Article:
Zimbabwe’s top miners complained that they were being squeezed out and were not benefitting at all from central bank governor Gideon Gono’s new measures for exporters.
They complained that they were still being asked to surrender 25 percent of their export earnings at one-sixth of the market rate. The auction rate itself was too low.
Besides, the government demanded a 15 percent royalty on minerals extracted, regardless whether the firms were making a profit or not.
Furthermore, the government had raised the rate of duty on imports by a whopping 73-fold since December 1.
To make matters worse the power company, the Zimbabwe Electricity Supply Authority was charging exporters in foreign currency.
Heavy-energy consuming mining companies paid an average of US 4.5 cents/KW hr, versus 1.7 in South Africa, 1.8 in Namibia, 2.1 in Mozambique, 2.2 in Zambia and 2.6 in Botswana.
Viewing cable 04HARARE361, Miners Still Glum
This record is a partial extract of the original cable. The full text of the original cable is not available.
010835Z Mar 04
UNCLAS HARARE 000361
STATE FOR AF/S AND AF/EX
NSC FOR SENIOR AFRICA DIRECTOR JFRAZER
USDOC FOR AMANDA HILLIGAS
TREASURY FOR OREN WYCHE-SHAW
PASS USTR FLORIZELLE LISER
STATE PASS USAID FOR MARJORIE COPSON
¶E. O. 12958: N/A
SUBJECT: Miners Still Glum
¶1. Summary: Mining industry representatives told us the
Reserve Bank of Zimbabwe (RBZ)’s new monetary policy has
menaced their tattered businesses. Between an overvalued
zimdollar and overpriced electricity, they are barely
staying afloat. The GOZ still does not appreciate that
its 6-year recession will end only when miners and other
exporters enjoy a more hospitable business environment.
¶2. Ambassador Sullivan held a roundtable on Feb 26 with
the chiefs of eight of the country’s large mining groups.
The mining sector has been in rapid retreat since 1997,
with gold production falling from $268 to 150 million,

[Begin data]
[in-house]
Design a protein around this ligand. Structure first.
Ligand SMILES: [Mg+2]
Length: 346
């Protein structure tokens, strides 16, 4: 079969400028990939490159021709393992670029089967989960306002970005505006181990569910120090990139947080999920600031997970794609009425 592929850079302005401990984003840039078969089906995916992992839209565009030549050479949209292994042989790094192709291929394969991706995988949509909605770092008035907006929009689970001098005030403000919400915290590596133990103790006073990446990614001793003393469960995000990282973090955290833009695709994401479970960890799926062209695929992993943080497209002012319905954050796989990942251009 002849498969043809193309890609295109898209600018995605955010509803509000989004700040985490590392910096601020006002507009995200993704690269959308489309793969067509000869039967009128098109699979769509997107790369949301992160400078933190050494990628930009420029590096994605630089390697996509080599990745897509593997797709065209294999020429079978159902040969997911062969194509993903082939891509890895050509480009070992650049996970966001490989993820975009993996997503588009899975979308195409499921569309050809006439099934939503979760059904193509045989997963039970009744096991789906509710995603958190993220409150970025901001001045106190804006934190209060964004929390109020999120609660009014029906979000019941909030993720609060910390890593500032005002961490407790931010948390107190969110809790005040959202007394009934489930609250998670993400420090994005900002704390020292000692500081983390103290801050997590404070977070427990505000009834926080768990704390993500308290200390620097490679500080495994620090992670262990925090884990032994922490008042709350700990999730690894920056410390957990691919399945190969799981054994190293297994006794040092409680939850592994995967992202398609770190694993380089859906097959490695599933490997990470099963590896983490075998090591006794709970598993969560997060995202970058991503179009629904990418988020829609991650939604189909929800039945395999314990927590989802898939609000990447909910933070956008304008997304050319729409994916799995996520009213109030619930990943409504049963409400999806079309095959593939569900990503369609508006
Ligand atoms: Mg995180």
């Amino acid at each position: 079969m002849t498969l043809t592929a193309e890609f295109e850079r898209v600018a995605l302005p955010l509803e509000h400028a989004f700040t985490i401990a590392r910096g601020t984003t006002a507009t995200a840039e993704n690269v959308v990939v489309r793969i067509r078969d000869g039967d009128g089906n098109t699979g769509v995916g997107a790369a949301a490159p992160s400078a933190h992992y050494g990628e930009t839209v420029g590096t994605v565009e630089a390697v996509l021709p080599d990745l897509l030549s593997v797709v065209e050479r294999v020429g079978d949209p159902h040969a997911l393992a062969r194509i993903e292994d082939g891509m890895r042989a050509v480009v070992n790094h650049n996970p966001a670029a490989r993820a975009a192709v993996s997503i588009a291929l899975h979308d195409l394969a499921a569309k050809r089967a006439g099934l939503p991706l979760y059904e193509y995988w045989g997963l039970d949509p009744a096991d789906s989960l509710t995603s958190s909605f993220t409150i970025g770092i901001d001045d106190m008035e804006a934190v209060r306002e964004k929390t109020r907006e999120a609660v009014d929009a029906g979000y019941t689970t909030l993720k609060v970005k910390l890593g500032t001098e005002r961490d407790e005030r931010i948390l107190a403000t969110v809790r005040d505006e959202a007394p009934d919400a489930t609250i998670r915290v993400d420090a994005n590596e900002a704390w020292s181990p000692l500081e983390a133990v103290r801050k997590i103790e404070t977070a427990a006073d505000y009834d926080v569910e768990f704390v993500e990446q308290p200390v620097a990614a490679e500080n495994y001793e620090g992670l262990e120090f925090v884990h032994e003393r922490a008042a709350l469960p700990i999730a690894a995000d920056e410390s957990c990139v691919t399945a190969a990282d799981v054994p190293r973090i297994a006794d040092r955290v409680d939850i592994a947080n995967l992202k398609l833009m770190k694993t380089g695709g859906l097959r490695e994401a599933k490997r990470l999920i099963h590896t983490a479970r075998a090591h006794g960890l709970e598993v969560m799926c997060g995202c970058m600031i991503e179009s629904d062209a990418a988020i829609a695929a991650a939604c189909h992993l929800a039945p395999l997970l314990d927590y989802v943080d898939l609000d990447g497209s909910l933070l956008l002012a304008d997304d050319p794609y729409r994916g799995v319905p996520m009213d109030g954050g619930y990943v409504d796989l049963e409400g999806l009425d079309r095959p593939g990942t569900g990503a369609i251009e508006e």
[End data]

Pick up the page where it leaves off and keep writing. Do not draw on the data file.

ferroalloys from $178 to 67 million and nickel from 71 to
39 million. Only platinum appears on the increase.
Roundtable participants represented African Associated,
Casmyn, Independence Gold, Rio Tinto, Zimasco, Zimplats
as well as the Chamber of Mines. Miners were keenly
interested in the U.S. take on Zimbabwe’s political
stalemate and debated energetically among themselves
whether the sector should adopt a more overtly political
No room for profit
¶3. Miners, possibly Zimbabwe’s purest exporters, complain
they still must surrender 25 percent of earnings for
exchange at the official exchange, just one-sixth of the
market rate. They convert the rest of earnings at the
artificially low auction rate. But before any of this
takes place, the GOZ demands a 15 percent royalty on
minerals extracted, regardless whether the firms net a
profit. Furthermore, the GOZ has raised the rate of duty
on imports by a whopping 73-fold since December 1. (It
used to peg import duties for miners to the former
official rate of Z$56:US$.)
¶4. Worse still, parastatal ZESA now compels exporters to
pay more for electricity than counterparts elsewhere in
the region. Heavy-energy consuming mining companies pay
an average of US 4.5 cents/KW hr, versus 1.7 in South
Africa, 1.8 in Namibia, 2.1 in Mozambique, 2.2 in Zambia
and 2.6 in Botswana. It appears the GOZ is trying to
subsidized retail customers by overcharging exporters.
¶5. As we have pointed out before, only Zimbabwe’s
exporters can lead a recovery. Until the GOZ allows
exporters to retain more of earnings, they will not
produce more. But even under RBZ Governor Gideon Gono’s
more innovative monetary policy, the GOZ has not come to
terms with this. The Zimplats rep joked that a high GOZ
official recently expressed bemusement that platinum
output is rising while production of all other minerals
is plummeting. The Zimplats chief retorted, of course,
that only his company was exempted from the draconian
exchange requirements that affect the rest of the sector.
Invariably, the GOZ’s shoots itself in the foot through a
stalwart habit of pretending the zimdollar is worth more
than the market determines. In mining, the stakes are
high. Given that post-land reform agriculture is still
in chaos, it is probably mining that will lead a
recovery, perhaps eventually displacing agriculture as
the country’s main forex earner.